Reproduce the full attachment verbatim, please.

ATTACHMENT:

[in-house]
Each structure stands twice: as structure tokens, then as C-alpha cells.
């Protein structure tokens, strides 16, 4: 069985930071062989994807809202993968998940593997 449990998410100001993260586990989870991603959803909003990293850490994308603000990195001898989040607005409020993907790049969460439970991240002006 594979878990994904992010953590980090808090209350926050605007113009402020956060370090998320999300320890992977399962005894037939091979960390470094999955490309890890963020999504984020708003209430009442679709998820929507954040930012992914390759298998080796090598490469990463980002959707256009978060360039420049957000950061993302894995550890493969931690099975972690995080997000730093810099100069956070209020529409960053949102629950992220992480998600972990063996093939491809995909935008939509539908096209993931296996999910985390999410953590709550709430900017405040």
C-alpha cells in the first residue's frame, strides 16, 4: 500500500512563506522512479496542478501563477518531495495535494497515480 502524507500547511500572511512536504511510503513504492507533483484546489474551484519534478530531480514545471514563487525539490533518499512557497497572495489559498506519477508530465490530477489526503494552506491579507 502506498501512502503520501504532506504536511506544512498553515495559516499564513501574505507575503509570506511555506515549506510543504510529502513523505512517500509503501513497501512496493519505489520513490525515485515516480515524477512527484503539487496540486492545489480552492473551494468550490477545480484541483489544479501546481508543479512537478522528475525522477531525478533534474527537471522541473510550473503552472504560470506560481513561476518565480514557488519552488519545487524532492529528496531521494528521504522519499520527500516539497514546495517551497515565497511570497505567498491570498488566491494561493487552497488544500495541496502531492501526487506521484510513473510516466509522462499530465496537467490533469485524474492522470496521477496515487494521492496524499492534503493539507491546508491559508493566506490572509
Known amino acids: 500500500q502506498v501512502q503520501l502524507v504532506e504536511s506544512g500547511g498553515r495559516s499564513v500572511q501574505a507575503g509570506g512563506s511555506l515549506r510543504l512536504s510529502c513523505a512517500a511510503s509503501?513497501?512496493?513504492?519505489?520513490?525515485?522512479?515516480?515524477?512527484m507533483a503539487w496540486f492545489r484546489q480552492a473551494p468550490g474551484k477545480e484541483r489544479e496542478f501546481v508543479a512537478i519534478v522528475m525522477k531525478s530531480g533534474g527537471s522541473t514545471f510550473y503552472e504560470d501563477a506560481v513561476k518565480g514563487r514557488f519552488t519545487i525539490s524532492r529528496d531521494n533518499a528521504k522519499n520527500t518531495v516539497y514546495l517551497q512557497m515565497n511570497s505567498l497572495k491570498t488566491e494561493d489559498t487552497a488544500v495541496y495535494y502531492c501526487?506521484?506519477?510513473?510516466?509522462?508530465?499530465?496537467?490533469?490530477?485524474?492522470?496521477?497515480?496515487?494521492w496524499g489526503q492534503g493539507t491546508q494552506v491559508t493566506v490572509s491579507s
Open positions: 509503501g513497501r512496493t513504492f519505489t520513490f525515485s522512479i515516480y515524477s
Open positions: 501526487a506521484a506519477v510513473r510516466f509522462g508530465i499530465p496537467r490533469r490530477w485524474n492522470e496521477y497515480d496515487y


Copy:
[in-house]
Each structure stands twice: as structure tokens, then as C-alpha cells.
């Protein structure tokens, strides 16, 4: 069985930071062989994807809202993968998940593997 449990998410100001993260586990989870991603959803909003990293850490994308603000990195001898989040607005409020993907790049969460439970991240002006 594979878990994904992010953590980090808090209350926050605007113009402020956060370090998320999300320890992977399962005894037939091979960390470094999955490309890890963020999504984020708003209430009442679709998820929507954040930012992914390759298998080796090598490469990463980002959707256009978060360039420049957000950061993302894995550890493969931690099975972690995080997000730093810099100069956070209020529409960053949102629950992220992480998600972990063996093939491809995909935008939509539908096209993931296996999910985390999410953590709550709430900017405040």
C-alpha cells in the first residue's frame, strides 16, 4: 500500500512563506522512479496542478501563477518531495495535494497515480 502524507500547511500572511512536504511510503513504492507533483484546489474551484519534478530531480514545471514563487525539490533518499512557497497572495489559498506519477508530465490530477489526503494552506491579507 502506498501512502503520501504532506504536511506544512498553515495559516499564513501574505507575503509570506511555506515549506510543504510529502513523505512517500509503501513497501512496493519505489520513490525515485515516480515524477512527484503539487496540486492545489480552492473551494468550490477545480484541483489544479501546481508543479512537478522528475525522477531525478533534474527537471522541473510550473503552472504560470506560481513561476518565480514557488519552488519545487524532492529528496531521494528521504522519499520527500516539497514546495517551497515565497511570497505567498491570498488566491494561493487552497488544500495541496502531492501526487506521484510513473510516466509522462499530465496537467490533469485524474492522470496521477496515487494521492496524499492534503493539507491546508491559508493566506490572509
Known amino acids: 500500500q502506498v501512502q503520501l502524507v504532506e504536511s506544512g500547511g498553515r495559516s499564513v500572511q501574505a507575503g509570506g512563506s511555506l515549506r510543504l512536504s510529502c513523505a512517500a511510503s509503501?513497501?512496493?513504492?519505489?520513490?525515485?522512479?515516480?515524477?512527484m507533483a503539487w496540486f492545489r484546489q480552492a473551494p468550490g474551484k477545480e484541483r489544479e496542478f501546481v508543479a512537478i519534478v522528475m525522477k531525478s530531480g533534474g527537471s522541473t514545471f510550473y503552472e504560470d501563477a506560481v513561476k518565480g514563487r514557488f519552488t519545487i525539490s524532492r529528496d531521494n533518499a528521504k522519499n520527500t518531495v516539497y514546495l517551497q512557497m515565497n511570497s505567498l497572495k491570498t488566491e494561493d489559498t487552497a488544500v495541496y495535494y502531492c501526487?506521484?506519477?510513473?510516466?509522462?508530465?499530465?496537467?490533469?490530477?485524474?492522470?496521477?497515480?496515487?494521492w496524499g489526503q492534503g493539507t491546508q494552506v491559508t493566506v490572509s491579507s
Open positions: 509503501g513497501r512496493t513504492f519505489t520513490f525515485s522512479i515516480y515524477s
Open positions: 501526487a506521484a506519477v510513473r510516466f509522462g508530465i499530465p496537467r490533469r490530477w485524474n492522470e496521477y497515480d496515487y